Yet when the meeting broke into small groups and individuals were asked to speak briefly about their lives, more than a few people teared up and began weeping. My friend was struck by the disconnect between their tremendous success and their personal misery–of failed marriages, of being trapped in their jobs, in feeling their sacrifices weren’t worth it and in sensing the shallowness of their success and the poverty of their inner lives.

Not every super-successful person was miserable, of course; some had shifted gears to lower-paid work they found more fulfilling and others still loved their careers. But what was near-universal was the desire to get the heck out of Silicon Valley and leave its pressure-cooker lifestyle in the dust.

It takes a great deal of honesty and inner strength to admit in public that conventional success hasn’t delivered the glorious fulfillment and happiness we’re scripted to expect.

Ours is a culture of forced optimism. The scripts of forced optimism are repeated daily in endless loops: the “fix” for misery is gratitude (hence everyone interviewed after a “win” must express gratitude and humility) and a menu of self-help tricks: mindfulness, better management of our productivity, etc., in a near-infinite profusion of “5 things you can do to improve your life” lists that gush out of America’s prodigious self-help industry.

All of this is intended to obscure the reality that even the wealthy are poorer in everything that really matters. We measure “wealth” in financial terms, but as the super-successful and super-wealthy discover, financial wealth doesn’t translate into well-being, fulfilling relationships, agency, health or the other forms of intangible capital that make up “real wealth.”

I’ve just completed a book that explores these topics in depth: Will You Be Richer or Poorer?: Profit, Power and A.I. in a Traumatized World.

The book also examines the constantly hyped faith that technology will inevitably make us all richer, the implicit premise being that every technological advance is automatically making our lives better in every way, every day.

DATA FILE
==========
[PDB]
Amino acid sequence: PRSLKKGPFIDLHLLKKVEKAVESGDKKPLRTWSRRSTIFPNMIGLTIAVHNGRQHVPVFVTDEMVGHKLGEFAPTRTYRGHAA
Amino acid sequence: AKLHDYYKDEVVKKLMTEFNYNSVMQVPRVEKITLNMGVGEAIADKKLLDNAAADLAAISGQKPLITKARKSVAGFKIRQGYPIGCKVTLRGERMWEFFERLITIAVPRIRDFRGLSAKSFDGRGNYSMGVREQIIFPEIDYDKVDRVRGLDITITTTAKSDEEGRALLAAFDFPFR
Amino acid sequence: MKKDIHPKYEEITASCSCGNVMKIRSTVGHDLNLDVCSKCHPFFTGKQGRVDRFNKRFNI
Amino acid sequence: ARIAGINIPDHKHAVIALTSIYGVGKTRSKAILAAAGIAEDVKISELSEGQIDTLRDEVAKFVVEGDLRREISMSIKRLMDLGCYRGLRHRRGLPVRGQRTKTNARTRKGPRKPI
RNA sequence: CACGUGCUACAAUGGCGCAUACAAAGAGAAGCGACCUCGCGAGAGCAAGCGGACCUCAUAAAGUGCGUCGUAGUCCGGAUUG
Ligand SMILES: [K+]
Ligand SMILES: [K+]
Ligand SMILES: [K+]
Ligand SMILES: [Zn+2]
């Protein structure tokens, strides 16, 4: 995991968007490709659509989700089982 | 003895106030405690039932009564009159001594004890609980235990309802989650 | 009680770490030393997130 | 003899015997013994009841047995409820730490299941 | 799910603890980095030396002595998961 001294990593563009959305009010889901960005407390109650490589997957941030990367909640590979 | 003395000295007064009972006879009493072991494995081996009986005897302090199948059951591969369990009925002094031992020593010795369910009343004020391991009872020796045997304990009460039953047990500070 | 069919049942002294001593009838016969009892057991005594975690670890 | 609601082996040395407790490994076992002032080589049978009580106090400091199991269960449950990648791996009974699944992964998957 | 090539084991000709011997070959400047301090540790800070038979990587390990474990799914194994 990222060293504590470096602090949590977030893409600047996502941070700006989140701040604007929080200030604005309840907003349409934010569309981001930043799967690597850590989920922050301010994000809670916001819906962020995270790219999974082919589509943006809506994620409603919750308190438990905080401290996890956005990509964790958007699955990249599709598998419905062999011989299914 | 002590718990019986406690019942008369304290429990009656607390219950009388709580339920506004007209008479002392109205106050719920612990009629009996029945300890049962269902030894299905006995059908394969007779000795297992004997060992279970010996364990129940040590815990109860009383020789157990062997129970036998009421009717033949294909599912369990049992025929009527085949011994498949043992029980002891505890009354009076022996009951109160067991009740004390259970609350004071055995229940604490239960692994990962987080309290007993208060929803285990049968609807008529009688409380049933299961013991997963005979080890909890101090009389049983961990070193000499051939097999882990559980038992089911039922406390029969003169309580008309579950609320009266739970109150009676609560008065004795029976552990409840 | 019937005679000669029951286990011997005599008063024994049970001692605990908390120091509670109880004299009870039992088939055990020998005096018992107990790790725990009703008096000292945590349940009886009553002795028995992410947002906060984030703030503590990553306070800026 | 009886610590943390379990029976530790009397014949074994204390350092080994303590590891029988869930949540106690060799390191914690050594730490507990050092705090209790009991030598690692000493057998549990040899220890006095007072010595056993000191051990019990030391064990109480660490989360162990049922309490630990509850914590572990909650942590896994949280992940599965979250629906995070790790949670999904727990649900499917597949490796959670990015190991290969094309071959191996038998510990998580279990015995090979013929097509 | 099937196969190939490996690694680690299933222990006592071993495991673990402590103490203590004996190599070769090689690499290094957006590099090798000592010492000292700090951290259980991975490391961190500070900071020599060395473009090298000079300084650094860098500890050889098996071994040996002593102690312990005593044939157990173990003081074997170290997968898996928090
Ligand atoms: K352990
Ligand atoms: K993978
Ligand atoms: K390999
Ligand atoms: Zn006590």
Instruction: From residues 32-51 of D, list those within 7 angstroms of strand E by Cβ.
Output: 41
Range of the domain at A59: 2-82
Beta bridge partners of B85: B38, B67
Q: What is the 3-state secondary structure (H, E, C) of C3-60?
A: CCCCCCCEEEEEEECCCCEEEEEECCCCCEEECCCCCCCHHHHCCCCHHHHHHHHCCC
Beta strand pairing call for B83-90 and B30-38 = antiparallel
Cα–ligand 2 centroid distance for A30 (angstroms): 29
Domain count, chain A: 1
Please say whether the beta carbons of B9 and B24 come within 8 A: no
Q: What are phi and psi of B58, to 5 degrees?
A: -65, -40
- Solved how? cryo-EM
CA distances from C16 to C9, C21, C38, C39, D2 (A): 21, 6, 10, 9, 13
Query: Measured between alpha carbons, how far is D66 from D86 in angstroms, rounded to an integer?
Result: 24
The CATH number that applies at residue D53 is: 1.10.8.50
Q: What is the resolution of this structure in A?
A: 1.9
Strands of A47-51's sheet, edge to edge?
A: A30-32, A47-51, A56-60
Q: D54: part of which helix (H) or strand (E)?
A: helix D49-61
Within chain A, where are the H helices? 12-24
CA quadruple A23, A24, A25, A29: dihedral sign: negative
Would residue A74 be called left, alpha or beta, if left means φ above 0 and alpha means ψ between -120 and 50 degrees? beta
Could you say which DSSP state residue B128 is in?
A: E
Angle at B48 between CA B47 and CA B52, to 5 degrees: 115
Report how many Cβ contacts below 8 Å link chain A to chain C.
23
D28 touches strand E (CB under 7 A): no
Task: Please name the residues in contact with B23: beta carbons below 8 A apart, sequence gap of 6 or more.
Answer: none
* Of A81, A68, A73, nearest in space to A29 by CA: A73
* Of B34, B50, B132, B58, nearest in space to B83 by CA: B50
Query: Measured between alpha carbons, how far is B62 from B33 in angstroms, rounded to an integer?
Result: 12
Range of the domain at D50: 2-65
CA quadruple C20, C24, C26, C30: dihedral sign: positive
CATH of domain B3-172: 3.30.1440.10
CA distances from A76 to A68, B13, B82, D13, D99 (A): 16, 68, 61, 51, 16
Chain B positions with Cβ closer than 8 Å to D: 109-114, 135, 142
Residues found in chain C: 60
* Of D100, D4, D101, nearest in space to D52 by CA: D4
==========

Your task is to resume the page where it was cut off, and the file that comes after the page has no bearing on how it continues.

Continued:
A corollary of this forced technology optimism is that robotics and artificial intelligence (AI) will inevitably generate trillions of dollars in profits that will enable us all to 1) quit working because robots will do all our work and 2) draw a substantial monthly “dividend” from this endless gusher of tech-generated profits.

Nice, except every one of these assumptions is demonstrably baseless. AI might enrich the few who own the platforms and monopolies, but even that is unlikely, given that these technologies are rapidly being commoditized.

These are difficult dynamics to understand, but if we want to become wealthier in meaningful ways (including sustainable financial wealth), we have to understand these concepts at the deepest level. If it was possible to explain these complex realities in a 200-word list of 5 easy tips, I would, but alas, it took 38,000 words just to manage a modestly comprehensive overview.

As all the costs we don’t even measure pile up, we’re all getting poorer whether we are able to admit it or not. A society / economy that’s fragmenting and failing is not making us all richer, despite the signaling device of a rising stock market and gamed statistics (unemployment at a 50-year low, etc.).

This book is also the result of my personal journey through burnout, a topic I discussed earlier this year in Burnout Nation. The price we’re paying to keep our heads above water steepens while the pay-off is dropping off a cliff. While we’re constantly told to focus on the rising value of our stocks and homes (if we have any meaningful equity in either one, which many do not), our well-being, health, social mobility, agency, trust in institutions, non-financial capital and security are all declining.

Burnout forces us to re-assess costs, sacrifices and pay-offs in a wrenching reckoning that can no longer be put off. The recession that is slowly but surely unfolding will increase the stress on many of us, and force all sorts of personal reckonings on people who have spent years avoiding just such a reckoning.

My goal in writing this book was to help everyone going through a personal reckoning understand the impoverishment meted out by our broken socio-economic system, an impoverishment that may be invisible even as we sense it weighing more heavily on us every day.

How do we turn around this decline in everything that matters? The first step is to recognize and measure all forms of capital, tangible and intangible alike, and make a personal balance sheet of all the forms of capital we own or have access to, and prioritize which ones are the most important to us.

There’s much more in the book. Please take a look at the first section for free (PDF). There’s a 15% discount on both the digital and print editions through the month of October.